16 May Artist Profile: Sorcha Richardson
New to Music Sync Licensing from Ireland
Avant Music Port Catalogue
Style: Alt Pop, Indie Pop, Indie Folk, Electro Pop, Indie Rock
Key words: Relationships, Playful, Alone, Frustrated, Miscommunication, The Naked And Famous, Breakup, Friendship, Heartbreak, Caring, Youth, Sweet, Adventure, Hazy, Reflective, Party, Honest, Nightlife, Warning, Cityscape, Uplifting, Hurt, Reality, Smoky, Melancholy, Pain
There’s a certain romance to the story of Sorcha Richardson; Irish girl goes to New York, bases herself in Brooklyn, and while most of the city with its bright lights winds down for the night, she spends her time writing music between 10pm and 4am as for her it’s simply “much easier to write” when the “rest of the world is switching off” (said in an interview with culturetrip.com). The anonymity that came with moving to New York then took away the fear of making mistakes while performing (as in Ireland it’s rare to be somewhere that you don’t have a connection of some sorts with someone in the area). This twenty-something year old has since then played to sold-out crowds at some of New York’s best venues, including Brooklyn’s Rough Trade, opening for Sweden’s Jens Lekman.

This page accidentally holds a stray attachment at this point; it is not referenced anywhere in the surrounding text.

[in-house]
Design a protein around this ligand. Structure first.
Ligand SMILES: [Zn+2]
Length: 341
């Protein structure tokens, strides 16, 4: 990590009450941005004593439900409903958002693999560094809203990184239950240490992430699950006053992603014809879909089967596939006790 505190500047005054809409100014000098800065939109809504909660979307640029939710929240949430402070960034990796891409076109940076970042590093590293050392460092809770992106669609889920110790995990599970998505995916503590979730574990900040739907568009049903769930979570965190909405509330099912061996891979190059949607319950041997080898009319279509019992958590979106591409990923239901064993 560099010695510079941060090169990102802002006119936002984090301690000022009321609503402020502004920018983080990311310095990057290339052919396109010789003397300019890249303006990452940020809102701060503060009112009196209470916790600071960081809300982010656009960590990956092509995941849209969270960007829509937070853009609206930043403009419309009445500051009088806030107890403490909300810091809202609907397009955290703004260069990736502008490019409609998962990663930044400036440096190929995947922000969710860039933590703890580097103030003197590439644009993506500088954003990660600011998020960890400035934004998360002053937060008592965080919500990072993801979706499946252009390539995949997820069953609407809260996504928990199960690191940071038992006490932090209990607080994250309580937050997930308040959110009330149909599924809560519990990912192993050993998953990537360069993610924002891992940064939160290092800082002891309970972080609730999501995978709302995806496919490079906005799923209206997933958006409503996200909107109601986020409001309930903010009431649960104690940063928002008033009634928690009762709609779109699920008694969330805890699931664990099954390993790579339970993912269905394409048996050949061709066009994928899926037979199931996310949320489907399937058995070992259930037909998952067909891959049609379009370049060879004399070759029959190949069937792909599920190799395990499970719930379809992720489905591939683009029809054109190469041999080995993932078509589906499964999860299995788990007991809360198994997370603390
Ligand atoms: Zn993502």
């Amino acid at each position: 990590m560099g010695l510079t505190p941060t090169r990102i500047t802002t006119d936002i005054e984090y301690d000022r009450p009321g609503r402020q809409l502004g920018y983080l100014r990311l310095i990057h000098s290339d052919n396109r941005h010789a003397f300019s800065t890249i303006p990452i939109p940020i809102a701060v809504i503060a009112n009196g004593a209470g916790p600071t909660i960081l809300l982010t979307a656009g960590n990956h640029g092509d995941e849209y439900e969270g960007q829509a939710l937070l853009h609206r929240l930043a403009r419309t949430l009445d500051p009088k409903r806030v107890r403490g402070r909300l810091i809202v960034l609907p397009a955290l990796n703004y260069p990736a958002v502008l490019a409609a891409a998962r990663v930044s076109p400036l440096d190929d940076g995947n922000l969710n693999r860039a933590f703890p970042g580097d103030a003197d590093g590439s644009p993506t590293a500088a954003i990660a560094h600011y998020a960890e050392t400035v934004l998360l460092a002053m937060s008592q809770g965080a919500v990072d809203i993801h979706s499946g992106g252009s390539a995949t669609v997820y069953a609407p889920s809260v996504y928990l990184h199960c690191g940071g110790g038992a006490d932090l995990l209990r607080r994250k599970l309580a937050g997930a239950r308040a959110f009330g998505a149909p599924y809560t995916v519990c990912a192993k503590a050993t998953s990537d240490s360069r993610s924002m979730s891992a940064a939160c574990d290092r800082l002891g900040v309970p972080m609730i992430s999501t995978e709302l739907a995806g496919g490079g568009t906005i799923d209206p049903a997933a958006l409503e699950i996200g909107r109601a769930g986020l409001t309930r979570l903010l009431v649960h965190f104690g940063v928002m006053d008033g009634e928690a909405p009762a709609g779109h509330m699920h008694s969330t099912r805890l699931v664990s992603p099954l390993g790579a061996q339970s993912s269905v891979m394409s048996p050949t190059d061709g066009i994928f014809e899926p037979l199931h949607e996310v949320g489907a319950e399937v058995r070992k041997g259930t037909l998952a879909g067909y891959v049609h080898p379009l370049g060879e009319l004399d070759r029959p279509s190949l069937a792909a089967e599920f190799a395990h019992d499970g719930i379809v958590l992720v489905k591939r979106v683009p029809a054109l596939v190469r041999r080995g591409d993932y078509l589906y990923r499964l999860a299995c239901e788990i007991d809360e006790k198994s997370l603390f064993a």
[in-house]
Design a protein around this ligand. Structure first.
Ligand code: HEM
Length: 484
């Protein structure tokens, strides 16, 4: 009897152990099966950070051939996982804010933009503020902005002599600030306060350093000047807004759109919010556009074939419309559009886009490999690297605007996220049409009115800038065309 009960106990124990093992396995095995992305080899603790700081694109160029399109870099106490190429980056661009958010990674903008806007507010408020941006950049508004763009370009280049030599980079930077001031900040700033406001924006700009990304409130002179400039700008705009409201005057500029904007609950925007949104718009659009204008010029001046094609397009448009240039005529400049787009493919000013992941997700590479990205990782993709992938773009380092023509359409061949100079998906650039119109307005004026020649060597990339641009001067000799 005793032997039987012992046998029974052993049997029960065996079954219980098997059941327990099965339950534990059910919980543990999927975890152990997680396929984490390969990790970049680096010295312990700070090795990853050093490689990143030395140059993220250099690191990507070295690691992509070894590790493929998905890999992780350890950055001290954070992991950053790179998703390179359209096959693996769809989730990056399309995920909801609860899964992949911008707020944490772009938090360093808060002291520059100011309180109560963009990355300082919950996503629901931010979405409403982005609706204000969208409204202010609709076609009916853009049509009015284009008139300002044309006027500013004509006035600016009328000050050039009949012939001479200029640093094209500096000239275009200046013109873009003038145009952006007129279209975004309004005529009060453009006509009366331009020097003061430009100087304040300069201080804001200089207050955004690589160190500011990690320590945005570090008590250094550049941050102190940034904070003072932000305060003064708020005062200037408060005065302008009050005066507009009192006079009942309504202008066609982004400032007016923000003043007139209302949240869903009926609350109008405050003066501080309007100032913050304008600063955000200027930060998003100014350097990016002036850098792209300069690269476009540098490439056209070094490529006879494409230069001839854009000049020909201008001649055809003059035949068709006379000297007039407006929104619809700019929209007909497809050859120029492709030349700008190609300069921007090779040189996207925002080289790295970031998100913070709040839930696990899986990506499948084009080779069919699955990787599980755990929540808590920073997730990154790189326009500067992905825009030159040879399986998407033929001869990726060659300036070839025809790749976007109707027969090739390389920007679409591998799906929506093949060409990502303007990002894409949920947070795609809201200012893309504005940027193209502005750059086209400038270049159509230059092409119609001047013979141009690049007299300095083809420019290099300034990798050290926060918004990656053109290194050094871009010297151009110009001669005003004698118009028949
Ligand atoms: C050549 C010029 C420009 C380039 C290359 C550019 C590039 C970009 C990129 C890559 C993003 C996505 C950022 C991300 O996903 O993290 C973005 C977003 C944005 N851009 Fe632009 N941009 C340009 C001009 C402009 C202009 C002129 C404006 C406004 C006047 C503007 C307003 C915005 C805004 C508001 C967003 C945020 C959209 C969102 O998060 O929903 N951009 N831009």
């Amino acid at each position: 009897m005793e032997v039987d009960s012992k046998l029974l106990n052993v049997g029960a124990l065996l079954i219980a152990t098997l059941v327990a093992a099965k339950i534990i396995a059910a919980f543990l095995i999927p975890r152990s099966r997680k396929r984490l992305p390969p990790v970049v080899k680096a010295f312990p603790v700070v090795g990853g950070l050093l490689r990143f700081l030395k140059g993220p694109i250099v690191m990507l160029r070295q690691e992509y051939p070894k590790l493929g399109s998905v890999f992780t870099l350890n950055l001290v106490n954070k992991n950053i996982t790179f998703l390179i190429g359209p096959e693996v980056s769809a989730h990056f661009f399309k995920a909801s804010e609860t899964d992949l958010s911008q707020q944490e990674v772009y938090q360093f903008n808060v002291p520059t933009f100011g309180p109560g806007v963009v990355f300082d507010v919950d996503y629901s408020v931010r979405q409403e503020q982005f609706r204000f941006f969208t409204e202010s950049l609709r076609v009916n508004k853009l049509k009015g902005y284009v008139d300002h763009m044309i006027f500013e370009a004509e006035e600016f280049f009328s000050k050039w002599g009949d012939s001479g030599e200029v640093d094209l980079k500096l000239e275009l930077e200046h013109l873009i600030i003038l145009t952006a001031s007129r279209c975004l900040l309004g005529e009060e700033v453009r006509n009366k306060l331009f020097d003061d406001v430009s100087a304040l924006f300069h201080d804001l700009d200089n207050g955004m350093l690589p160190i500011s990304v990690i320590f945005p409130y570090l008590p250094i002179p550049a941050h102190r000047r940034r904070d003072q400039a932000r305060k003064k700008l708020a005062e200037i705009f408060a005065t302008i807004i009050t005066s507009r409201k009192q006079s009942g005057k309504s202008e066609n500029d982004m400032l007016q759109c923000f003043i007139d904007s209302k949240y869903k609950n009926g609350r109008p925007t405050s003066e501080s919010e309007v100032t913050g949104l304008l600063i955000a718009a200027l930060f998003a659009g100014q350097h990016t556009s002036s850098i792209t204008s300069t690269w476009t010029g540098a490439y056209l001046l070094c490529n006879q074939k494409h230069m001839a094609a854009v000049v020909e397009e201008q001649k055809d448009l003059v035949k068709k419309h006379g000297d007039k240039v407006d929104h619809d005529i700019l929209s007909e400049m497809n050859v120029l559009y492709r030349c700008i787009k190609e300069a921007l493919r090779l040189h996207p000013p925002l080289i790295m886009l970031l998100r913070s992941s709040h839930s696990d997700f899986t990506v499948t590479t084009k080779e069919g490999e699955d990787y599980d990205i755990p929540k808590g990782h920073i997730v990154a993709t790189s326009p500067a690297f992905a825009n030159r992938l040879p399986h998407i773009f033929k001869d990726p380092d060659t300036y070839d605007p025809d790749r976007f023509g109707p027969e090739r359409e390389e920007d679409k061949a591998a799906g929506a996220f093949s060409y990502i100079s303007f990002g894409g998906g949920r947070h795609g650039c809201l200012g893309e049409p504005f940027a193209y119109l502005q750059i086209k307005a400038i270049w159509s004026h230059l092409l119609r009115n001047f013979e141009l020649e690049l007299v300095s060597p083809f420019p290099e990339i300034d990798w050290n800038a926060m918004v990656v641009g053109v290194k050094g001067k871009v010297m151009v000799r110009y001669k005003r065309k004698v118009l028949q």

What is most endearing about Sorcha as an artist is her very personal approach; from the handwritten note that greets you on her website, to how she describes herself in her bio “I write songs about the days and nights I spend with my friends, the places we go, the people we meet, the things we say and the things that we don’t”. This singer songwriter’s particular style of alt pop is lyrically very relatable, and sends out the message that it’s OK to be in your 20s and a bit uncertain of life and yourself. ‘Waking Life’, which premiered in Clash magazine, is about getting to a point in life and suddenly realizing that your reality falls way short of the dream you were holding onto in your head; “I just though that by now I would know how to love you”. ‘Ruin Your Night’ goes through a friends night out and the thoughts and happenings through a familiar haze; “You should just forget my name”. Moving between a brand of electro pop and bedroom pop there’s a gentle yet subdued tone to her vocals, which moves the listener as she sings of emotional distances in her life.
Sorcha returned to Dublin mid 2017, and what was meant to be a few weeks break turned into a headlining sold out show in Dublin, a support slot for Imelda May on her Irish tour, and a coveted appearance at Other Voices festival in Dingle; it’s fair to say we really like her here in Ireland, and we think you will too.
Video for ‘Petrol Station’